It’s been over a week since TV3’s Lisa Cannon was announced as the first ever Weight Watchers Ireland ambassador and I haven’t been able to stop thinking about it. Okay, that’s a slight exaggeration – I’ve taken slight breaks from thinking about Weight Watchers to think about: my new lipstick; the moral and ethical ramifications of having a sugar daddy; and body positivity. Although that actually brings me right back to thinking about Weight Watchers.
Weight Watchers’ big announcement
More specifically, it brought me to thinking about the decision by Weight Watchers Ireland to bring Lisa Cannon on board as their first ever brand ambassador. The announcement came hand in hand with a Sindo magazine cover “revealing” her 10lb weight loss, and her pledge to continue losing. Lisa’s Instagram (which I love because she dresses adorably) is full of – along with #ootd posts – healthy meal ideas and workouts.
While we’re on the subject of loving Lisa’s Instagram, let’s get this out of the way: I love Lisa. I worked with her a lot when I used to style for Xposé. She’s such a warm person – I think she’s the only Xposé presenter I regularly hugged (no offence to the rest of yiz!). She’s funny and smart and generous and – this is a tricky one – I would never begrudge her getting a job. I think she’s incredibly talented and deserves every success. Plus, any woman who becomes a power lifter in 12 weeks gets my vote.
‘Fat’ is not a dirty word
But here’s another tricky one: in all of my years working with Lisa and, later, looking at her on TV or on red carpets, I would never have called her fat. She has never been fat. (And, crucially, I’m not using “fat” as an insult. “Fat” is not an insult. It’s an adjective. I sometimes would refer to myself as being fat – when I was fat.) Lisa is petite and curvy; in the time I regularly saw her, she would have been a size 10-12.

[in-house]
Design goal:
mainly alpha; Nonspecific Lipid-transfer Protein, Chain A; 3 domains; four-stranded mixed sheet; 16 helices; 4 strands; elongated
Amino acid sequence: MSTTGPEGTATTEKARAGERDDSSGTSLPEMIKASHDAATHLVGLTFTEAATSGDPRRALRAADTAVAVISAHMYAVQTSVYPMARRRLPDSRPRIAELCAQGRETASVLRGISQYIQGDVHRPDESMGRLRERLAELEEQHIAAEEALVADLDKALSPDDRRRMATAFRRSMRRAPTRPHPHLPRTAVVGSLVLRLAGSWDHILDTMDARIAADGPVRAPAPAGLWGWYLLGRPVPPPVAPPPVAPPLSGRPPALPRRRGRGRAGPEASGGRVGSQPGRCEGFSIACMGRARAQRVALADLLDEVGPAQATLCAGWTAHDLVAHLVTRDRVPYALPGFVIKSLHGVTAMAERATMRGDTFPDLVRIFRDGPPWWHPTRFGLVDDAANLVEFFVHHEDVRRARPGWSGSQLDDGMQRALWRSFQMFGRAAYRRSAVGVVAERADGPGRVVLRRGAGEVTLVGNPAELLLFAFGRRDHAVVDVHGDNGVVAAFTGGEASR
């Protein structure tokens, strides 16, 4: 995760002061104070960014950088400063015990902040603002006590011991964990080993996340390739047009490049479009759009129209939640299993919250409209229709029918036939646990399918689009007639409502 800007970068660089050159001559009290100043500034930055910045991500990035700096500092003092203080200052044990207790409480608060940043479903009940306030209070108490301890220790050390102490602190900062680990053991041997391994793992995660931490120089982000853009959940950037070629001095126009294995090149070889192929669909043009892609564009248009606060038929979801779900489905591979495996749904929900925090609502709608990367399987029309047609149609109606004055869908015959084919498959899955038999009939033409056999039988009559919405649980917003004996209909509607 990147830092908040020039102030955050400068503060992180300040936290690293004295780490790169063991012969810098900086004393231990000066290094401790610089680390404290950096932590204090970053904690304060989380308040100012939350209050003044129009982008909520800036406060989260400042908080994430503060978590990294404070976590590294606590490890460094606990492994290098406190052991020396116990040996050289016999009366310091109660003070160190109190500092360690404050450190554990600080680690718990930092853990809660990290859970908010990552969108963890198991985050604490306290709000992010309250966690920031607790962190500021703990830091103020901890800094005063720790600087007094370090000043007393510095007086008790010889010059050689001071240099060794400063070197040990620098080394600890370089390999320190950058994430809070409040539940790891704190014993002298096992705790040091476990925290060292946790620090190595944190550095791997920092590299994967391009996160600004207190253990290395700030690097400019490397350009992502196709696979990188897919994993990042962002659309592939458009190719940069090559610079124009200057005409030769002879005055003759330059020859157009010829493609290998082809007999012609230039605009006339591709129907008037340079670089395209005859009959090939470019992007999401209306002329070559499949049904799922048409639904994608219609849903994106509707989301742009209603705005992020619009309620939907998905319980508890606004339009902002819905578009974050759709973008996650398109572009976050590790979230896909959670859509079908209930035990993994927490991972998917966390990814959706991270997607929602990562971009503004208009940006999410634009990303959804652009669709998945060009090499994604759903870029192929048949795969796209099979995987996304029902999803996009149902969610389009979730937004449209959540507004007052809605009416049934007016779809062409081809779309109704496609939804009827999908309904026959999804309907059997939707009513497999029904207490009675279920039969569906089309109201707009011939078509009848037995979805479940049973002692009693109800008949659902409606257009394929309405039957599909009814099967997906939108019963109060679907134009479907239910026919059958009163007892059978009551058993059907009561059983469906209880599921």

So the idea that Lisa would be Ireland’s first brand ambassador for Weight Watchers is bizarre – how much weight could she possibly lose? How much weight should she lose for her role to be considered “successful”? What kind of message does this send to the hundreds of thousands of women around Ireland who are similar in size to Lisa, in no way fat and already struggling with the inevitably negative feelings they have towards their perfectly lovely and fully functioning bodies?
Is this an issue of representation in general?
When I was thinking about this (a lot), I started wondering who else would have worked. In the US, Jennifer Hudson (below) went from a size 16 to a 6 and then cut ties with Weight Watchers (Jessica Simpson replaced her). In the UK, however, they hired Patsy Kensit who, by most people’s reckoning, wasn’t in need of any major weight loss.
But I realised – with a shock – I couldn’t think of a single famous Irish woman who is above a size 14. When I worked in Irish magazines, we would frequently have discussions about who to put on the cover. The same names would come up, over and over again. All white, all size 8-10, all straight-haired and straight-toothed and distinctly vanilla. It appears that there existing outside of those definitions presents a serious barrier to success for Irish women.
In a way, I understand Weight Watchers’ decision. Lisa is eminently likeable and lovely, and with the rise of the #fitfam and Slimming World, Weight Watchers needs the publicity. I just wish that – when they chose their new ambassador – they had a more diverse range to choose from.